An MSP has called on the First Minister to resign if it is found she misled the Scottish Parliament on when she knew about allegations made against her predecessor.
Nicola Sturgeon initially told Holyrood she first heard of complaints of sexual misconduct against Alex Salmond at a meeting with him in her home on April 2 2018.
It later emerged she had been made aware of the allegations in an informal meeting with his former chief of staff Geoff Aberdein on March 29 of that year – four days earlier.
Liberal Democrat MSP Alex Cole-Hamilton has called for a probe already ongoing into the conduct of the First Minister by independent advisers to the ministerial code – which was prompted by a self-referral from Ms Sturgeon – to be widened.
He said it should include whether she misled Parliament and said if that is the case she should resign.
In written evidence to the Salmond inquiry, a Holyrood committee set up to investigate how the Scottish Government dealt with the complaints, the First Minister said she had forgotten about her meeting with Mr Aberdein.
The Scottish Government’s process for dealing with the allegations against Mr Salmond was ruled unlawful by the Court of Session and resulted in a settlement of more than £500,000 in the former first minister’s favour.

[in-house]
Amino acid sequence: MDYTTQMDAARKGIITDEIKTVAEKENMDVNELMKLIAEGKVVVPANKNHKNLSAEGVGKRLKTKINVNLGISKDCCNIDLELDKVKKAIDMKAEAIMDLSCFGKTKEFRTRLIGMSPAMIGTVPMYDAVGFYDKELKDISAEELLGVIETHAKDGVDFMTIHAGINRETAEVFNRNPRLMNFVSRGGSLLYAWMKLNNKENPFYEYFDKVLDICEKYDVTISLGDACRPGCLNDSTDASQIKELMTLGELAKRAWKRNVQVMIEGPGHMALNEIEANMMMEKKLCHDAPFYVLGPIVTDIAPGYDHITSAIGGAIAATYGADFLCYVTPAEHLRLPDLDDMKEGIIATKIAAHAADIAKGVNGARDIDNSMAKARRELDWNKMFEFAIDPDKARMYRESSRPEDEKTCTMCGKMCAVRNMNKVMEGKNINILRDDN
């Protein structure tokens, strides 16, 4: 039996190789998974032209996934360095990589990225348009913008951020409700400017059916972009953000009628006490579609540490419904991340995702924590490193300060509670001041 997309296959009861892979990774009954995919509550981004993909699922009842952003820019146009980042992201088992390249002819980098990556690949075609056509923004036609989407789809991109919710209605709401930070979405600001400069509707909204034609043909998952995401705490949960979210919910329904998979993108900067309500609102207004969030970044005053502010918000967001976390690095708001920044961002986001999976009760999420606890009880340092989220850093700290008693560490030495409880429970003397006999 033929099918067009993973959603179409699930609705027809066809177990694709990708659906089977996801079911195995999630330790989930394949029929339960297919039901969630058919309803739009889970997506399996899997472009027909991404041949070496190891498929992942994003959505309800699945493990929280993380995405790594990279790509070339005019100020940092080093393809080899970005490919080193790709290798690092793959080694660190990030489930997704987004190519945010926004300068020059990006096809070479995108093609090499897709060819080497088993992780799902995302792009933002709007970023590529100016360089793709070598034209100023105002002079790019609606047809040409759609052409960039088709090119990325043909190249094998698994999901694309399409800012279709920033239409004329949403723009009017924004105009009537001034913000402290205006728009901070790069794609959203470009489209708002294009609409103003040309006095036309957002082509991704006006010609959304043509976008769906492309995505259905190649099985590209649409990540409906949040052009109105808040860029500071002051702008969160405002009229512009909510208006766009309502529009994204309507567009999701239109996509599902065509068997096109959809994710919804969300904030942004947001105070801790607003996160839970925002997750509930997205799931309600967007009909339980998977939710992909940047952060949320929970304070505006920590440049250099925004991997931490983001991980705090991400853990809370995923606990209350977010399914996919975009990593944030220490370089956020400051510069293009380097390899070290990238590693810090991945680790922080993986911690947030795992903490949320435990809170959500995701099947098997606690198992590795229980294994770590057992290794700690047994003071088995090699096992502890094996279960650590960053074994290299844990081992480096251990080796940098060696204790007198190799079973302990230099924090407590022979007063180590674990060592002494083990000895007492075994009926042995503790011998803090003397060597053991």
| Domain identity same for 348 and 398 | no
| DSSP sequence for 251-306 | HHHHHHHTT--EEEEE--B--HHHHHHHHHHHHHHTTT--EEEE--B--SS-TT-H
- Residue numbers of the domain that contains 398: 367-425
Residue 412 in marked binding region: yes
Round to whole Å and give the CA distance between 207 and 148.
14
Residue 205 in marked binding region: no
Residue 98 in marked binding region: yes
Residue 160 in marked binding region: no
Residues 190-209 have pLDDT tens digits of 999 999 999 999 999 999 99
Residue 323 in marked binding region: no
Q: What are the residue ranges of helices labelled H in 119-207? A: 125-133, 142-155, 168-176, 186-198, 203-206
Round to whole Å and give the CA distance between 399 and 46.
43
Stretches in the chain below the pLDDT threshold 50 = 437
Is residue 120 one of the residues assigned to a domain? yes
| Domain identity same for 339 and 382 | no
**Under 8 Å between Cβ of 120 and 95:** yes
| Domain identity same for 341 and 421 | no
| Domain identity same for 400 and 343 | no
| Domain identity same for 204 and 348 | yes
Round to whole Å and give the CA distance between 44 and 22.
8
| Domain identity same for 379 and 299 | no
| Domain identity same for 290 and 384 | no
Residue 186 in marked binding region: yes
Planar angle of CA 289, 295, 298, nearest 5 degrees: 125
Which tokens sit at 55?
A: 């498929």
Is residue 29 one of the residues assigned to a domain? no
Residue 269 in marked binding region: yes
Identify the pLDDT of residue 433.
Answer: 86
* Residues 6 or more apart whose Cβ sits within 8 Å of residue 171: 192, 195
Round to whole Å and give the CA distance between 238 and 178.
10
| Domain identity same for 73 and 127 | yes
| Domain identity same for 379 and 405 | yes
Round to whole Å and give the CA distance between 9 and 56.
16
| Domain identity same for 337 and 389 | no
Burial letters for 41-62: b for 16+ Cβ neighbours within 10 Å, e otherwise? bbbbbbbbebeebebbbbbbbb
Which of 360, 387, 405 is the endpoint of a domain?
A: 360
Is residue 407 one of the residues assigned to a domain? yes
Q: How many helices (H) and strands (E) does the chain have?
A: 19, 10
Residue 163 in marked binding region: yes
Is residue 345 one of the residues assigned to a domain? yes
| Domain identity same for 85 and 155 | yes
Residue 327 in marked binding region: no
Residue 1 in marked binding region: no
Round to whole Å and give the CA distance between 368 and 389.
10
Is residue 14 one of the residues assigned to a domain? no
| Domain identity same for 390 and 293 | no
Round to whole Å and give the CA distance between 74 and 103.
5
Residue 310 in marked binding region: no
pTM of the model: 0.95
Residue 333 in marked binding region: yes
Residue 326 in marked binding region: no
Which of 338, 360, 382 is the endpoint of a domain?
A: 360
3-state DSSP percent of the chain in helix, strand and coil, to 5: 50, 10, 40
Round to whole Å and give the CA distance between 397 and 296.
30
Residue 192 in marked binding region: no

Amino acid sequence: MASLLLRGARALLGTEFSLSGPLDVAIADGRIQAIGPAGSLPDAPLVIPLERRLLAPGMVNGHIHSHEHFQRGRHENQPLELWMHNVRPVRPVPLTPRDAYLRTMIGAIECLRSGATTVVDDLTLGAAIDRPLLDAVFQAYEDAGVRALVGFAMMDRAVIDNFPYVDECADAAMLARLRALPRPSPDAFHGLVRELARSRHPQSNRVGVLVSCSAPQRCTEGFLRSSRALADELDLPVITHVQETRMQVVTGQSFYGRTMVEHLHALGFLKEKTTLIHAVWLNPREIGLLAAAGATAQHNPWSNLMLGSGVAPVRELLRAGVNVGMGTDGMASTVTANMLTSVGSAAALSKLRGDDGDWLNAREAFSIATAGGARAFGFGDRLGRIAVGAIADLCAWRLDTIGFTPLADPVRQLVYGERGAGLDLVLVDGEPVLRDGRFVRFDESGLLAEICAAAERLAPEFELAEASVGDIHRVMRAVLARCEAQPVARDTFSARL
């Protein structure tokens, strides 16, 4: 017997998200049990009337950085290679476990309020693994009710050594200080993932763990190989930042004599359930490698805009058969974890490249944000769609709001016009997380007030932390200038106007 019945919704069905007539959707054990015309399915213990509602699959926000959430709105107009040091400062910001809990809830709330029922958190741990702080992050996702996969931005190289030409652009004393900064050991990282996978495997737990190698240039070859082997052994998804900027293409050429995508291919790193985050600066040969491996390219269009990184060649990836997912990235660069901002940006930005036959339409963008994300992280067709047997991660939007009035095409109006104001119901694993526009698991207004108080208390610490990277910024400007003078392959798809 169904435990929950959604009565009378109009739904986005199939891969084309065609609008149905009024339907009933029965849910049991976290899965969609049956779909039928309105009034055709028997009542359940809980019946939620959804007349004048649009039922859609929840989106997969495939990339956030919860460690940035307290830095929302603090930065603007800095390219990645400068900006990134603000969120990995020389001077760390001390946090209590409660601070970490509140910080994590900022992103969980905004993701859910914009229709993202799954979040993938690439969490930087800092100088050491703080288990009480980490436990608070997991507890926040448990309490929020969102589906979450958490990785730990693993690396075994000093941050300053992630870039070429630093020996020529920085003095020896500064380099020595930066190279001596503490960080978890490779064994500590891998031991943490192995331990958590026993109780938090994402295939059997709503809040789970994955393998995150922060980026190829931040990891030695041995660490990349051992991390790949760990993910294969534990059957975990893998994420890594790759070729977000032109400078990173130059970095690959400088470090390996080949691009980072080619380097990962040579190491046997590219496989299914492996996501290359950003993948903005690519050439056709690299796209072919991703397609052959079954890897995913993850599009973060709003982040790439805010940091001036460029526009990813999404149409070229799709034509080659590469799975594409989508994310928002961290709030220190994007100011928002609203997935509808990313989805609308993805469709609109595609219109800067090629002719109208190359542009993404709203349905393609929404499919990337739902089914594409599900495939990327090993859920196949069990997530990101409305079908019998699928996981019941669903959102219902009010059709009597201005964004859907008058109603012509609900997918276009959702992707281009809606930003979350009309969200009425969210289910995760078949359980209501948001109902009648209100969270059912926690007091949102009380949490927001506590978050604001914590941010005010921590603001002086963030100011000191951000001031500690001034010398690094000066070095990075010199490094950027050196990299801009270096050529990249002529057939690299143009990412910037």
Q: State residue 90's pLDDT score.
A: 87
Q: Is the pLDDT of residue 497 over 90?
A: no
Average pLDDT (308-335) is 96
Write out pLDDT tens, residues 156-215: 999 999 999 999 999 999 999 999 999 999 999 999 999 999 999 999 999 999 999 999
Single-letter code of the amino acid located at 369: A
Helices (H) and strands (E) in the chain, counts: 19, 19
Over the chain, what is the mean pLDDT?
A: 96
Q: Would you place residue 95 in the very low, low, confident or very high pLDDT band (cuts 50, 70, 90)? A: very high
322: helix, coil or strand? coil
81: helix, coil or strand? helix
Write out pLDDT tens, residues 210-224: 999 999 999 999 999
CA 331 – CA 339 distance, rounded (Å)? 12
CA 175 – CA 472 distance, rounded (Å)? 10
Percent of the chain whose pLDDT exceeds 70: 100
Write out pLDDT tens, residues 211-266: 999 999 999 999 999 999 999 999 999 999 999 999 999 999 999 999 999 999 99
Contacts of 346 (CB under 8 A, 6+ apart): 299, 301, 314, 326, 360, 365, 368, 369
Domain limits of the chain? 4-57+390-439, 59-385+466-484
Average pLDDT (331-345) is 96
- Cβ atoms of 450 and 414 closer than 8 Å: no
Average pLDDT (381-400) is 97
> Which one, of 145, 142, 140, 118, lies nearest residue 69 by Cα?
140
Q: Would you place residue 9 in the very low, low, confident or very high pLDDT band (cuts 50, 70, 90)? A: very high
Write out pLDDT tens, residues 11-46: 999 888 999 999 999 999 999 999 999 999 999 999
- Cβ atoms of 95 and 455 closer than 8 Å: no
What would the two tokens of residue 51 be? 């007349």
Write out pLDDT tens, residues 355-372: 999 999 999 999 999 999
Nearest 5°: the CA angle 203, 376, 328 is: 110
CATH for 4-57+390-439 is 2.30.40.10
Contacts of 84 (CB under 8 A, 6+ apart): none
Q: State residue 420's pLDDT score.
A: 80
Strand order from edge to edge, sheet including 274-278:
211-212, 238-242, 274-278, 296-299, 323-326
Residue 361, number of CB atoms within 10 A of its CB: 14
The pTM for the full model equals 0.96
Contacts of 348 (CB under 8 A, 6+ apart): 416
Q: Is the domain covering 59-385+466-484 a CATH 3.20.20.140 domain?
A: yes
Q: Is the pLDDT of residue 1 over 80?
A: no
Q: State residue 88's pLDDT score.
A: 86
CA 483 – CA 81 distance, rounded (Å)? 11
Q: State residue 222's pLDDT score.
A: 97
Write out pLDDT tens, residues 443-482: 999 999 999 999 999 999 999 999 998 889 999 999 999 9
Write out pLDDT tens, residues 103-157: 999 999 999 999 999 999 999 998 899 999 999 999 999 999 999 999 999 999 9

Writing in The Edinburgh Evening News, Mr Cole-Hamilton said: “Her written evidence to the committee cites memory loss: ‘I had forgotten that this encounter had taken place.’
“She explains that it had been ‘in the midst of a busy day’. I struggle with this account.
“Many times, the First Minister has defined her relationship with Salmond as ‘the most important outside of her family – a mentor of 30 years’.
“Think of anyone that important to you and now imagine being told for the first time that they were under investigation for sexual assault. I doubt it’s a meeting you’d forget.”
Fellow inquiry member Jackie Baillie has supported Mr Cole-Hamilton’s push to extend the inquiry into Ms Sturgeon’s conduct.
Mr Cole-Hamilton added: “The remit of her self-referral for investigation over a potential breach of the ministerial code is currently tasked to look only at her meetings with Salmond.
“That’s why I’ve asked for the remit to be expanded to look at her actions under Section 1(c) of the code, to ascertain whether she has misled Parliament.
“If she has, then that’s a resignation matter.”
When challenged by the Scottish Conservatives’ Holyrood leader Ruth Davidson last week, the First Minister said she has “nothing to hide” over the investigation into Mr Salmond.
Mr Salmond was cleared of 13 charges at the High Court in Edinburgh in March this year.
A spokeswoman for the Scottish Government said: “The First Minister stands by what she has said to Parliament and by her written evidence to the committee, and looks forward to answering questions at the committee when they decide to ask her to appear.”